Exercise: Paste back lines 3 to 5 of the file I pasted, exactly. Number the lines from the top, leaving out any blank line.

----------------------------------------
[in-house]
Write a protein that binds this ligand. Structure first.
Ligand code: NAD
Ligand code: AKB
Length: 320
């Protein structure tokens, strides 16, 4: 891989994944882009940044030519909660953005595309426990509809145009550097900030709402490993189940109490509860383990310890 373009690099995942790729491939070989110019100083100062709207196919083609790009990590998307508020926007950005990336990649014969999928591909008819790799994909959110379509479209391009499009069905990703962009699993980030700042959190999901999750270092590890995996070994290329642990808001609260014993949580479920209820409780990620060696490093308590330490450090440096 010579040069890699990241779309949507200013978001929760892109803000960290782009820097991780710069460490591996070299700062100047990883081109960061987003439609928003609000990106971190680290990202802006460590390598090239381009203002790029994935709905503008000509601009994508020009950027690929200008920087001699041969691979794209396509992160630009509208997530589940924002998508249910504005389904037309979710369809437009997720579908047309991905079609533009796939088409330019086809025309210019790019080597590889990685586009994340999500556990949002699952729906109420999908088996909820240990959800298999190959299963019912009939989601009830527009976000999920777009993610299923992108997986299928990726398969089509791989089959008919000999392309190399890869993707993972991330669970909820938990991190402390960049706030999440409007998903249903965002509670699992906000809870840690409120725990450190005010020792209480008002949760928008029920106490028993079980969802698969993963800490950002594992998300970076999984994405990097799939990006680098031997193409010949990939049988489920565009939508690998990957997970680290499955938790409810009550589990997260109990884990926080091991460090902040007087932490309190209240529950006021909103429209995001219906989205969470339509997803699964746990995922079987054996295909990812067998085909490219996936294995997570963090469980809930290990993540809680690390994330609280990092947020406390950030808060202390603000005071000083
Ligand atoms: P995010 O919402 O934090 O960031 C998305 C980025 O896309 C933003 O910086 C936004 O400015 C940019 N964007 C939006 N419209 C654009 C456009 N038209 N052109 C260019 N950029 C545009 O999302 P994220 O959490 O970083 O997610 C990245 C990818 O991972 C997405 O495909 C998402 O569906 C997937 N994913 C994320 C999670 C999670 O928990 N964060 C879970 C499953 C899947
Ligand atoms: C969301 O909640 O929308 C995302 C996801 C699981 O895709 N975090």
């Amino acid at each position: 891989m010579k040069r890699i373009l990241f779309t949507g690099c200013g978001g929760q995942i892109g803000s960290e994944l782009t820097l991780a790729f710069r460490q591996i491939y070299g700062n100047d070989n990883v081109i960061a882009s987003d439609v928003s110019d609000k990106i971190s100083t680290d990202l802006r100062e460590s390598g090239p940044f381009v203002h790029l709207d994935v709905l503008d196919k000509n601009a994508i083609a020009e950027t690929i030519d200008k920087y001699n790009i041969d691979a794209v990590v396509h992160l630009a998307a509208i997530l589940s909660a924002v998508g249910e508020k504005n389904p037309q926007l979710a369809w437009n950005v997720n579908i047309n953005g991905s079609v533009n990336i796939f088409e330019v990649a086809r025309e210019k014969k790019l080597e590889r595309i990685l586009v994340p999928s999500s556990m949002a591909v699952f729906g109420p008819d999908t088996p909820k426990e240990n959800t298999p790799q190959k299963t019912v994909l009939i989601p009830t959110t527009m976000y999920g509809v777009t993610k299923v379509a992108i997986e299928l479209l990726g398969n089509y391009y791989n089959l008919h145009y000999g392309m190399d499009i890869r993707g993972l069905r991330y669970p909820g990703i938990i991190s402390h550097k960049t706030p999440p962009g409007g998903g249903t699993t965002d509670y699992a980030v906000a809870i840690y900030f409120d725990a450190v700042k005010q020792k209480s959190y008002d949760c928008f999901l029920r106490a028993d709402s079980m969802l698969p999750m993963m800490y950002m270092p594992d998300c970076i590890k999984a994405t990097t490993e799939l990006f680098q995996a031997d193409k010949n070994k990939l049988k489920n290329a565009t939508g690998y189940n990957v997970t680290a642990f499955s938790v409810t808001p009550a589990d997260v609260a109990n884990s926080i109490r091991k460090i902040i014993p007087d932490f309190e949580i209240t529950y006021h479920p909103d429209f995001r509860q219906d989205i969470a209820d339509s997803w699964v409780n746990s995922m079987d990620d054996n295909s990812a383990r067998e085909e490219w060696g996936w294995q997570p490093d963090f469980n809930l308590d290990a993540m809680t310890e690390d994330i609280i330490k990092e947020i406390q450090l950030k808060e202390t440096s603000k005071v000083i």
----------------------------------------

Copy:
Ligand code: NAD
Ligand code: AKB
Length: 320